State-of-the-art automated theorem proving tools have been making progress on, and in some cases resolve, longstanding unsolved problems of mathematics like: can the positive integers be sorted into two buckets, so that neither bucket contains a Pythagorean triple (a solution to a^2+b^2=c^2), or can the points on the plane be colored 5 colors, so that every two points at distance 1 apart are colored differently? The same techniques are also crucial in industry to verify hardware and software. A key aspect of recent and future successes in mechanized mathematics is the use of massively parallel computation. Handling these computing resources carefully is vital to exploit their great potential. Sophisticated splitting heuristics and encodings are required to partition a given problem into many sub-problems that can be efficiently solved in parallel. Unfortunately, today the development of such heuristics depends predominantly on expert knowledge about this problem and on sensible manual optimization.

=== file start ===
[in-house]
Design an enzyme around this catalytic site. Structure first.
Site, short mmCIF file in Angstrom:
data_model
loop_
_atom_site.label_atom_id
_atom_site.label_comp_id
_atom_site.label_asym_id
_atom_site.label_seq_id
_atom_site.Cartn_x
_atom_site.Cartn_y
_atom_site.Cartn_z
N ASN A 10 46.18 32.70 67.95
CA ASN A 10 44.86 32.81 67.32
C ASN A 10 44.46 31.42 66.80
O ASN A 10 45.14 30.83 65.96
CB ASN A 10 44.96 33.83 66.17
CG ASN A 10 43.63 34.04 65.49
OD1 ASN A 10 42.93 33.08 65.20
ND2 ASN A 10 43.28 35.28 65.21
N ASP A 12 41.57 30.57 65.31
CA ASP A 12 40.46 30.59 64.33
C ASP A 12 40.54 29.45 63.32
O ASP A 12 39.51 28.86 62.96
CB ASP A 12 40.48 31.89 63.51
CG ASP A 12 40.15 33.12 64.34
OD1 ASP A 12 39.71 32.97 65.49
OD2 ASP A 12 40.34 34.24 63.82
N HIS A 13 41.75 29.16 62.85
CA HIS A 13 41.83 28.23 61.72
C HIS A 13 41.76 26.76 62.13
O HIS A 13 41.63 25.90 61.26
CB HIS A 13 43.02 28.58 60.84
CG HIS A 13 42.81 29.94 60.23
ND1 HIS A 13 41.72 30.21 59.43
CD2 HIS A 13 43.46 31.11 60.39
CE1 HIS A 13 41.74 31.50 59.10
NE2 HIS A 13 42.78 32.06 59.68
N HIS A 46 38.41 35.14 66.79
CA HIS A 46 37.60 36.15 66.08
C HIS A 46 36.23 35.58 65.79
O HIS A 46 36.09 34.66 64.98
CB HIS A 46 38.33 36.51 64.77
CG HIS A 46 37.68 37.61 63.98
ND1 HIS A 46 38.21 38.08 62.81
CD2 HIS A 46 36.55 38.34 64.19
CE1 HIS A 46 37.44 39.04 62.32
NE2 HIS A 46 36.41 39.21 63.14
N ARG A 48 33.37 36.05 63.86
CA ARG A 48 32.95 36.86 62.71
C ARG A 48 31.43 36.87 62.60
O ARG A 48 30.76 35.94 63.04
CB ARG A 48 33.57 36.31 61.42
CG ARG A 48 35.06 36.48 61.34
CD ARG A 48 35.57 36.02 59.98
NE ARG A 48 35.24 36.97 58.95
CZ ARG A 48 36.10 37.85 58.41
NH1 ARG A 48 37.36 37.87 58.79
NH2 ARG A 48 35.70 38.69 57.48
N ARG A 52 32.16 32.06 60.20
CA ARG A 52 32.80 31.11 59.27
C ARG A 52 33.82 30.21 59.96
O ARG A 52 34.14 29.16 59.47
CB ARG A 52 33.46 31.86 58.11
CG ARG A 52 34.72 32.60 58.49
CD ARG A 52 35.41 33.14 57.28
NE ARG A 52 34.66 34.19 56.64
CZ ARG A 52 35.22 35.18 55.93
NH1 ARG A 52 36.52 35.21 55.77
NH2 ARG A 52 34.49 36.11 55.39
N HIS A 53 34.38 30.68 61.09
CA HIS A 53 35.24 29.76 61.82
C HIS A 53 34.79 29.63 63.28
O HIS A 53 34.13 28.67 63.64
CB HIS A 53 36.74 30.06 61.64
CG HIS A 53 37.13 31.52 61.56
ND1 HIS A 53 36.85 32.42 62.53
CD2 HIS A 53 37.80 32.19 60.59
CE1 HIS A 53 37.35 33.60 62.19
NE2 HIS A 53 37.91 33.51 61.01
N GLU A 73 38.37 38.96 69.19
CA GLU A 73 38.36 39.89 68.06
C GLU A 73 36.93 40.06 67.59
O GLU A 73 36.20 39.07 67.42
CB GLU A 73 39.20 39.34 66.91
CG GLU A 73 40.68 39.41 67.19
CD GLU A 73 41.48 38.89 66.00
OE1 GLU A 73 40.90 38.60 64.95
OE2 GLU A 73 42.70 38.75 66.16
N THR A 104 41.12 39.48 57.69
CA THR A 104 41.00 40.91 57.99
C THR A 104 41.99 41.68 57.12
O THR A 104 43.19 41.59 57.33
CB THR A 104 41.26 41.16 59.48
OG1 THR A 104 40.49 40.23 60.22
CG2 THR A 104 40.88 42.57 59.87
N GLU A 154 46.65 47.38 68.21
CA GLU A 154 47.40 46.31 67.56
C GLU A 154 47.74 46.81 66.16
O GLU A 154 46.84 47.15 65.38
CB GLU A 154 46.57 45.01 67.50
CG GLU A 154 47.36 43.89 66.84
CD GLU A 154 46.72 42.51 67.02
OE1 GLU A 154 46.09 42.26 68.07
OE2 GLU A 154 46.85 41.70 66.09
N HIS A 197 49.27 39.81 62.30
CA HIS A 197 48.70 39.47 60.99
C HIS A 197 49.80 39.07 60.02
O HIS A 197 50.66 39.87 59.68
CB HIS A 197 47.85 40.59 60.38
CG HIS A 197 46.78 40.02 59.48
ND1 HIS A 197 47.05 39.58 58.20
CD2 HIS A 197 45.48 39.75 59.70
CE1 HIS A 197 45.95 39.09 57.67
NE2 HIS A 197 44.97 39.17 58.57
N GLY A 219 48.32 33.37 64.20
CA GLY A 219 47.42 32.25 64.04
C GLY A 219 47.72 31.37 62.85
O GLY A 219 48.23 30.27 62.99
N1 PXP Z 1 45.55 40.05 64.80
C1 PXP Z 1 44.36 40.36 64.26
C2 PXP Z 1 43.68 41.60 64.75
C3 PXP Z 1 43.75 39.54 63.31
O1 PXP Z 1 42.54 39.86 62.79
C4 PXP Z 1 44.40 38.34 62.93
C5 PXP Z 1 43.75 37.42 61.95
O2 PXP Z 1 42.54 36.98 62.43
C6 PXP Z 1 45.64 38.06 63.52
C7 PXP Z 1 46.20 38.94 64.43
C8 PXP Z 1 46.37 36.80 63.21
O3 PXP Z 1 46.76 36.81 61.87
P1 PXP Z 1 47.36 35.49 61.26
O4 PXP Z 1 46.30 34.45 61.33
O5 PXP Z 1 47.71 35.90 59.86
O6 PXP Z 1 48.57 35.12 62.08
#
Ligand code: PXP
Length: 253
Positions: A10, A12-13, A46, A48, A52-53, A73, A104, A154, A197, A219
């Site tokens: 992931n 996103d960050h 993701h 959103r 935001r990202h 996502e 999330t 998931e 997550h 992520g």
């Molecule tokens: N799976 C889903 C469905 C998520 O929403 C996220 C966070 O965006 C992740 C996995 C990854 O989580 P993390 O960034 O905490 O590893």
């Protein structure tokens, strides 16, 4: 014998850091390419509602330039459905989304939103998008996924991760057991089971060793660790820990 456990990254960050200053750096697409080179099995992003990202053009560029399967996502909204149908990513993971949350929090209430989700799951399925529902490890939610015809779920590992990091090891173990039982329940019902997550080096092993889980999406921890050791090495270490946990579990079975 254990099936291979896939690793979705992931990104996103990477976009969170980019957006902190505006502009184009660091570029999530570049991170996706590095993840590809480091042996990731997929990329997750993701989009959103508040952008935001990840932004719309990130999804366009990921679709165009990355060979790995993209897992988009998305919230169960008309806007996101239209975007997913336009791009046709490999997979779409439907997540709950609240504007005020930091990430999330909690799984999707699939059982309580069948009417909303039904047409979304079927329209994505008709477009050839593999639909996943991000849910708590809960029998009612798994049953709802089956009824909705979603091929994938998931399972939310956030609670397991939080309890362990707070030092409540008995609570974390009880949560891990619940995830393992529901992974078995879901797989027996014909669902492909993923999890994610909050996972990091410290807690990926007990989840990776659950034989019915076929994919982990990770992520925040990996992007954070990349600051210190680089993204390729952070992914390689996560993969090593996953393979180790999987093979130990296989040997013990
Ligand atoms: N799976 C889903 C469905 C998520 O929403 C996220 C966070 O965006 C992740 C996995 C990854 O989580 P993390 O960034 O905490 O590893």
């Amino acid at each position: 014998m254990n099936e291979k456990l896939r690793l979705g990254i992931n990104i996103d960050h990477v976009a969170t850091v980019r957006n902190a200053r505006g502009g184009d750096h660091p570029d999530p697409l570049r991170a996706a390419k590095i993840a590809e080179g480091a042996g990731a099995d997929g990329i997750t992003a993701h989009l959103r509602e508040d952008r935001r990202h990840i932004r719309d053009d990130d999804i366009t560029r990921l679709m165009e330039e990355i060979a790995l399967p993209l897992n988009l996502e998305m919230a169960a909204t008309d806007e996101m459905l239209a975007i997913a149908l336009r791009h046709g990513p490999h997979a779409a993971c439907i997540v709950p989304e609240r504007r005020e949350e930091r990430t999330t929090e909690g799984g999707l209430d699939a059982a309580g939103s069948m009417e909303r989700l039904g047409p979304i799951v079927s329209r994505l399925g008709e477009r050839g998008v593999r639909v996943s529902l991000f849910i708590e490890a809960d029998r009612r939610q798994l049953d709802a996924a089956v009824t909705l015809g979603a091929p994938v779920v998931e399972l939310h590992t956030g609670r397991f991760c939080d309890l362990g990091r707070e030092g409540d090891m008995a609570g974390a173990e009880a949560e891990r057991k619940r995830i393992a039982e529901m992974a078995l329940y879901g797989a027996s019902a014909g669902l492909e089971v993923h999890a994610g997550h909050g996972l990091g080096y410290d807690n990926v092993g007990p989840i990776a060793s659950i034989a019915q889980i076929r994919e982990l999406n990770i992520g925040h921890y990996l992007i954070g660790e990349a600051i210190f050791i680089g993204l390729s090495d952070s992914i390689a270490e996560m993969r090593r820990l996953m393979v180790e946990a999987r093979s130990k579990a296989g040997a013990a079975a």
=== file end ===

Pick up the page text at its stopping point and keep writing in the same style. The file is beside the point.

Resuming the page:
This research offers advances towards automated construction of sophisticated heuristics, as well as improved encodings of commonly used mathematical operations. Apart from solving long-standing open problems automatically, the research intents to extract information from the solutions to acquire useful mathematical insights. Famous mathematical challenges like the Collatz conjecture and the Hadwiger-Nelson problem are motivating examples that are driving this work and they could help making this technology go mainstream. The investigators will involve both graduate and undergraduate students in this research.

This award reflects NSF's statutory mission and has been deemed worthy of support through evaluation using the Foundation's intellectual merit and broader impacts review criteria.

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University of Texas Austin
United States
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